On November 7, the Computer History Museum and the Web History Center will present a special celebration of an historic demonstration that led to the Internet we know and use today. The event commemorates the 30th anniversary of the first TCP-based transmission between three dissimilar networks—widely regarded as the first true Internet connection. The 1977 demonstration was also a major milestone in packet radio, the technology that foreshadowed WiFi and other types of digital wireless networks.
While many people trace the Internet's origins to the ARPANET of the late 1960s, in fact the word "internet" means joining different types of individual networks together. This kind of internetworking made its formal debut with the three-network transmission that occurred on November 22, 1977.
A panel presentation will feature recollections and perspectives from seven computer-industry pioneers and luminaries who participated in the historical event (their affiliation at the time is listed here):
Gina Smith, New York Times best-selling author of iWoz and a well-known technology and science journalist, will moderate the panel.
“This is a special celebration of an historic demonstration that helped create the Internet of today,” said Marc Weber, co-founder of the Web History Center. “The Web History Center is honored to mark this critical milestone in the development of the modern Internet and wireless networking.”
In the fall of 1977, an unmarked step van filled with futuristic equipment, engineers, and sometimes fully uniformed generals quietly cruised the streets of the San Francisco Bay Area. Only an oddly shaped antenna gave any hint of its purpose. The key event occurred on November 22, when data flowed seamlessly from the van to a gateway at SRI in Menlo Park, Calif. and eventually to a host at the University of Southern California in Los Angeles via London, England, across three types of networks: packet radio, satellite, and the ARPANET. The packet radio network, being the first mobile digital radio network, also foreshadowed WiFi and other kinds of wireless access.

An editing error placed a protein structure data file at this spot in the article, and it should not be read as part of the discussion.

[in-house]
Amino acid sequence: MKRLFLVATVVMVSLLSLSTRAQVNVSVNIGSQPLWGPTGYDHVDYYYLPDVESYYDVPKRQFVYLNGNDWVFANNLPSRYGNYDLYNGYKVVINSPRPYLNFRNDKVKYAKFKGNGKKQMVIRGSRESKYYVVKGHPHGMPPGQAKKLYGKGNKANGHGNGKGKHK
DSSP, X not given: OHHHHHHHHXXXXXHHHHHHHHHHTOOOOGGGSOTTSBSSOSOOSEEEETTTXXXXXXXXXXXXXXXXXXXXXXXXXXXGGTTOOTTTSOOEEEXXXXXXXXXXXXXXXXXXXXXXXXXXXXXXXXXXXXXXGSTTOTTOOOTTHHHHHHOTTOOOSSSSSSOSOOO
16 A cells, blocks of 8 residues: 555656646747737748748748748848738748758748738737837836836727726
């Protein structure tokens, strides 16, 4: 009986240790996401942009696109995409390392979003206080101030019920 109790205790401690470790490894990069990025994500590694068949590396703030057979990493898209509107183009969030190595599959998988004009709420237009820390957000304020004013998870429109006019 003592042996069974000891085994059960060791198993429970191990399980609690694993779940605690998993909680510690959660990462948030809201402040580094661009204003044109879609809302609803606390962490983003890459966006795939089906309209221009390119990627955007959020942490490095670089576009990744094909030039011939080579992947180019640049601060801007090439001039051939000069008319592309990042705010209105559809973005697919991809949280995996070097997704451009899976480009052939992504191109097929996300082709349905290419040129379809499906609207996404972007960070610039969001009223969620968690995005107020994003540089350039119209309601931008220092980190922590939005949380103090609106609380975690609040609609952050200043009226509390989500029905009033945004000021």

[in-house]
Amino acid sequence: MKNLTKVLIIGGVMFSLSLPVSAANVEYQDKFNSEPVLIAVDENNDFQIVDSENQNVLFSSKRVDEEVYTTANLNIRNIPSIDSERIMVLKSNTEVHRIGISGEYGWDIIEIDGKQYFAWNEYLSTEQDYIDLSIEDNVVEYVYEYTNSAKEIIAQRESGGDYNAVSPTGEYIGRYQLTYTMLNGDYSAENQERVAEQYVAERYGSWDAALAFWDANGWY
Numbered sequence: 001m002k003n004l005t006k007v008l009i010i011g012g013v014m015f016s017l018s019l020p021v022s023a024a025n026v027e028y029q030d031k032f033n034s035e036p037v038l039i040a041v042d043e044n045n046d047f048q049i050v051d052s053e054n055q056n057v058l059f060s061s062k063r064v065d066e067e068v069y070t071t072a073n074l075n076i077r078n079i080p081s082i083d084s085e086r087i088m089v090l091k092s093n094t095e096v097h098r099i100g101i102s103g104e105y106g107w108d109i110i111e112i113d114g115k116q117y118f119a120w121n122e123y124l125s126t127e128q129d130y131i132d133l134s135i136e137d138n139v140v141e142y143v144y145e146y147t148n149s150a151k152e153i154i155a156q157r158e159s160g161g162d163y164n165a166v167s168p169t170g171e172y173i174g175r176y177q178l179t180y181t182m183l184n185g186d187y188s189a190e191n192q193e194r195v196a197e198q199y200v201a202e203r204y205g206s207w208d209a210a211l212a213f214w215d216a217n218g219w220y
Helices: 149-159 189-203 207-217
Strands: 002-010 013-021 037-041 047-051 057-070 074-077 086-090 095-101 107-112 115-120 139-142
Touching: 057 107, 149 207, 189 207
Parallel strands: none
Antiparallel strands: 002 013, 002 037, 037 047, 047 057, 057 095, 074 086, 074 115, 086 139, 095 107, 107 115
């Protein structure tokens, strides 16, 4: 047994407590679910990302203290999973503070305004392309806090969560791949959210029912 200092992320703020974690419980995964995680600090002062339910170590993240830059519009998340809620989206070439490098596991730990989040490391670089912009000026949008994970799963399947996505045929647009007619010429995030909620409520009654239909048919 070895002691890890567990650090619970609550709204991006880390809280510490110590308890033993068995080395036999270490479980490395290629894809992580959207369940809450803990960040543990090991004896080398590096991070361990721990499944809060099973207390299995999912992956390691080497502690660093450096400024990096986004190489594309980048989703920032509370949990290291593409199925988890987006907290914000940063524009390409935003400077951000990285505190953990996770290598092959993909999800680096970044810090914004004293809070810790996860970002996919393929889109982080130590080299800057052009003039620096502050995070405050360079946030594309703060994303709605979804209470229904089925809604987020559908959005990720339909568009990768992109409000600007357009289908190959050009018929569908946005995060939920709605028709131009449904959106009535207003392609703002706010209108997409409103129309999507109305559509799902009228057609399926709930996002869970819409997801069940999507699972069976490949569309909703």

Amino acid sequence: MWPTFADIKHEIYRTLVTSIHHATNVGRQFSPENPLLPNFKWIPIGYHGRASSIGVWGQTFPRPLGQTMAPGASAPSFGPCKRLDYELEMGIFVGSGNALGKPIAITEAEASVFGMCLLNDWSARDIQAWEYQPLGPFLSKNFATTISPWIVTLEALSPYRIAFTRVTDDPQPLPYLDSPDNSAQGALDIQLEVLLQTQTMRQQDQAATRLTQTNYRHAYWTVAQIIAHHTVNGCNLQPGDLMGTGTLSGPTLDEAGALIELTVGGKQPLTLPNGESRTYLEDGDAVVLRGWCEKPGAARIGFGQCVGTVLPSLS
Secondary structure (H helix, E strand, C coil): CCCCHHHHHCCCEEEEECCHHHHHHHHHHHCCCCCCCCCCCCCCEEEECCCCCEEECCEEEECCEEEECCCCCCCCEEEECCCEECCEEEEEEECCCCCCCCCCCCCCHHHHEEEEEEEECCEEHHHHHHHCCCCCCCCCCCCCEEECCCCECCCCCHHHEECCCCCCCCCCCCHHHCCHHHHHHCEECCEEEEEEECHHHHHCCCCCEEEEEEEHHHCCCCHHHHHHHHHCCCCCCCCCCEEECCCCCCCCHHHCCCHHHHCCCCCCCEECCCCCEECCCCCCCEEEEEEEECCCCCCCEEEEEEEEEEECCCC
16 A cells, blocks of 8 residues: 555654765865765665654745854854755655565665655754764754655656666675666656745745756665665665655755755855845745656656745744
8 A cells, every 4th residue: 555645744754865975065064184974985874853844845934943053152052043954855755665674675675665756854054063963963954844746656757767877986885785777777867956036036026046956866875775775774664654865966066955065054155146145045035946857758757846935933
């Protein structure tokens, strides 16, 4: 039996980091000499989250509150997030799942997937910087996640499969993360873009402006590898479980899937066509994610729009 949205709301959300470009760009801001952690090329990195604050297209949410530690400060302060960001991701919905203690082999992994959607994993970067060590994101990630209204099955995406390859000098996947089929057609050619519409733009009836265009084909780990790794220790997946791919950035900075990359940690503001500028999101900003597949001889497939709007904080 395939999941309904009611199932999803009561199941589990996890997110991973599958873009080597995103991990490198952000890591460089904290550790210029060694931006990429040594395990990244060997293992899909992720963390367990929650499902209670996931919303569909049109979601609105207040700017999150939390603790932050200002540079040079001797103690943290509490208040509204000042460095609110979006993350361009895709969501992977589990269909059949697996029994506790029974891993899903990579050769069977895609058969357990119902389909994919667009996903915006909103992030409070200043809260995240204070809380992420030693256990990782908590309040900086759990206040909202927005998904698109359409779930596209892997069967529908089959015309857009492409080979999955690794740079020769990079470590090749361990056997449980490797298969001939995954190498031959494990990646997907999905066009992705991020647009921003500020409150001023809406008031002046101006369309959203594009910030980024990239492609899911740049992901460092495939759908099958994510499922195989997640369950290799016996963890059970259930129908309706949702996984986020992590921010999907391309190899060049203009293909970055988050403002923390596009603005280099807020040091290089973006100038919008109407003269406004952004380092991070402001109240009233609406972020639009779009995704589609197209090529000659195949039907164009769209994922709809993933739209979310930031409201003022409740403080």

In addition to the SRI van, which served as a mobile research laboratory, a broad set of technologies played an important role in the 1977 event:
SRI’s restored packet radio van from which the internetworked transmission originated will be open to registered event attendees for tours from 5:00 to 7:00 p.m. The panel presentation begins at 7:00 p.m.
The event, which is co-sponsored by Cisco Systems, SRI International, and Rockwell Collins, is free and open to the public. Seating is limited; online registration is available at http://www.computerhistory.org/events/index.php?id=1191351626.
The Web History Center is a 501(c)(3) nonprofit corporation with offices at the Computer History Museum and at Rose-Hulman Institute of Technology in Indiana, and representatives in three European countries. Founding institutional members include Stanford University Libraries, the Internet Archive, the Computer History Museum, the Charles Babbage institute, and eight others. Formed in March 2006, its charters are to collect at-risk historical material including oral histories, to serve as a facilitating organization for Web and related net and hypertext history as a field, and to encourage public and educational access to that history. Founding sponsors include CommerceNet and Rose-Hulman Institute of Technology. For more information, visit www.webhistory.org.
Web History Center
Computer History Museum